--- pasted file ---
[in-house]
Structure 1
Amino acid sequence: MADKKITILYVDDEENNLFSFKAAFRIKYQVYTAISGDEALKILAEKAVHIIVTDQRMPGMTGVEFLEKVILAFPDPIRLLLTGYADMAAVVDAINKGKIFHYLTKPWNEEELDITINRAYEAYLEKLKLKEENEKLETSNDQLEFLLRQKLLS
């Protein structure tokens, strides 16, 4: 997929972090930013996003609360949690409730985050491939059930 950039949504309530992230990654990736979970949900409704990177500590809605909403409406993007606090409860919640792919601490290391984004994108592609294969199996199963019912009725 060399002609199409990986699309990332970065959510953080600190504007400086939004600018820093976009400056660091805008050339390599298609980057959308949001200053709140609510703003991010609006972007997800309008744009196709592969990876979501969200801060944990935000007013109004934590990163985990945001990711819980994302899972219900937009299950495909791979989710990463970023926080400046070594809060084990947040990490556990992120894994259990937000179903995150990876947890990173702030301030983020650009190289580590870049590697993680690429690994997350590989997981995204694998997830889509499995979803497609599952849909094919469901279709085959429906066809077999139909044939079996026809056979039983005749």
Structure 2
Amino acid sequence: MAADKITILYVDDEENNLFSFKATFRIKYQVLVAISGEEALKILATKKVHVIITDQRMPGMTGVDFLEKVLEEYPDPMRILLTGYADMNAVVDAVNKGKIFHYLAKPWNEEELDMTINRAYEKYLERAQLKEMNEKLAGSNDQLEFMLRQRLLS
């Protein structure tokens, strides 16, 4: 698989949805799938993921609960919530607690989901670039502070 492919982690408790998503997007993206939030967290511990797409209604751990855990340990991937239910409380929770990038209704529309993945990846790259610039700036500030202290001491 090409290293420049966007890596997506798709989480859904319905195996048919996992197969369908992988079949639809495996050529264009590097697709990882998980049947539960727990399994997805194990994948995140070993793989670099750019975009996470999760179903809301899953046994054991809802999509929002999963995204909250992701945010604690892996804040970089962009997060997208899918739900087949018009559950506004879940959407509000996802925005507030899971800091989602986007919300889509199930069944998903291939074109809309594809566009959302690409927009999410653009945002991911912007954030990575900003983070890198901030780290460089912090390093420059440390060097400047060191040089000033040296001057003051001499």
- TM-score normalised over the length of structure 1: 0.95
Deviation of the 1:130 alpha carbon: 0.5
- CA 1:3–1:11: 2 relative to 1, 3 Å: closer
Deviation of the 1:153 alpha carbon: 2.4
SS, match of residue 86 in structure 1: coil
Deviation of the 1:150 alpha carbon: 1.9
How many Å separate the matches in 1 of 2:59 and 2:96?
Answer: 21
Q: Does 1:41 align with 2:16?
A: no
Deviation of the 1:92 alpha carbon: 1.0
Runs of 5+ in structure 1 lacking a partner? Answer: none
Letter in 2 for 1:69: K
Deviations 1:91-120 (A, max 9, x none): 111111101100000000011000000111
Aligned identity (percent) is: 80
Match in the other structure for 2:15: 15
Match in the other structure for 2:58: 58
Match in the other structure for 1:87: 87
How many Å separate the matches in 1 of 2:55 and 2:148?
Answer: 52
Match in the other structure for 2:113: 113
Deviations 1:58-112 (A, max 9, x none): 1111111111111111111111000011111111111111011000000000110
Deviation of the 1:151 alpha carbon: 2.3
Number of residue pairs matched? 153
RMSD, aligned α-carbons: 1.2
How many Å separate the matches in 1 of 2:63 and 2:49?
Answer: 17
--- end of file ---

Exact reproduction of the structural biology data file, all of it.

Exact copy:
[in-house]
Structure 1
Amino acid sequence: MADKKITILYVDDEENNLFSFKAAFRIKYQVYTAISGDEALKILAEKAVHIIVTDQRMPGMTGVEFLEKVILAFPDPIRLLLTGYADMAAVVDAINKGKIFHYLTKPWNEEELDITINRAYEAYLEKLKLKEENEKLETSNDQLEFLLRQKLLS
């Protein structure tokens, strides 16, 4: 997929972090930013996003609360949690409730985050491939059930 950039949504309530992230990654990736979970949900409704990177500590809605909403409406993007606090409860919640792919601490290391984004994108592609294969199996199963019912009725 060399002609199409990986699309990332970065959510953080600190504007400086939004600018820093976009400056660091805008050339390599298609980057959308949001200053709140609510703003991010609006972007997800309008744009196709592969990876979501969200801060944990935000007013109004934590990163985990945001990711819980994302899972219900937009299950495909791979989710990463970023926080400046070594809060084990947040990490556990992120894994259990937000179903995150990876947890990173702030301030983020650009190289580590870049590697993680690429690994997350590989997981995204694998997830889509499995979803497609599952849909094919469901279709085959429906066809077999139909044939079996026809056979039983005749």
Structure 2
Amino acid sequence: MAADKITILYVDDEENNLFSFKATFRIKYQVLVAISGEEALKILATKKVHVIITDQRMPGMTGVDFLEKVLEEYPDPMRILLTGYADMNAVVDAVNKGKIFHYLAKPWNEEELDMTINRAYEKYLERAQLKEMNEKLAGSNDQLEFMLRQRLLS
């Protein structure tokens, strides 16, 4: 698989949805799938993921609960919530607690989901670039502070 492919982690408790998503997007993206939030967290511990797409209604751990855990340990991937239910409380929770990038209704529309993945990846790259610039700036500030202290001491 090409290293420049966007890596997506798709989480859904319905195996048919996992197969369908992988079949639809495996050529264009590097697709990882998980049947539960727990399994997805194990994948995140070993793989670099750019975009996470999760179903809301899953046994054991809802999509929002999963995204909250992701945010604690892996804040970089962009997060997208899918739900087949018009559950506004879940959407509000996802925005507030899971800091989602986007919300889509199930069944998903291939074109809309594809566009959302690409927009999410653009945002991911912007954030990575900003983070890198901030780290460089912090390093420059440390060097400047060191040089000033040296001057003051001499």
- TM-score normalised over the length of structure 1: 0.95
Deviation of the 1:130 alpha carbon: 0.5
- CA 1:3–1:11: 2 relative to 1, 3 Å: closer
Deviation of the 1:153 alpha carbon: 2.4
SS, match of residue 86 in structure 1: coil
Deviation of the 1:150 alpha carbon: 1.9
How many Å separate the matches in 1 of 2:59 and 2:96?
Answer: 21
Q: Does 1:41 align with 2:16?
A: no
Deviation of the 1:92 alpha carbon: 1.0
Runs of 5+ in structure 1 lacking a partner? Answer: none
Letter in 2 for 1:69: K
Deviations 1:91-120 (A, max 9, x none): 111111101100000000011000000111
Aligned identity (percent) is: 80
Match in the other structure for 2:15: 15
Match in the other structure for 2:58: 58
Match in the other structure for 1:87: 87
How many Å separate the matches in 1 of 2:55 and 2:148?
Answer: 52
Match in the other structure for 2:113: 113
Deviations 1:58-112 (A, max 9, x none): 1111111111111111111111000011111111111111011000000000110
Deviation of the 1:151 alpha carbon: 2.3
Number of residue pairs matched? 153
RMSD, aligned α-carbons: 1.2
How many Å separate the matches in 1 of 2:63 and 2:49?
Answer: 17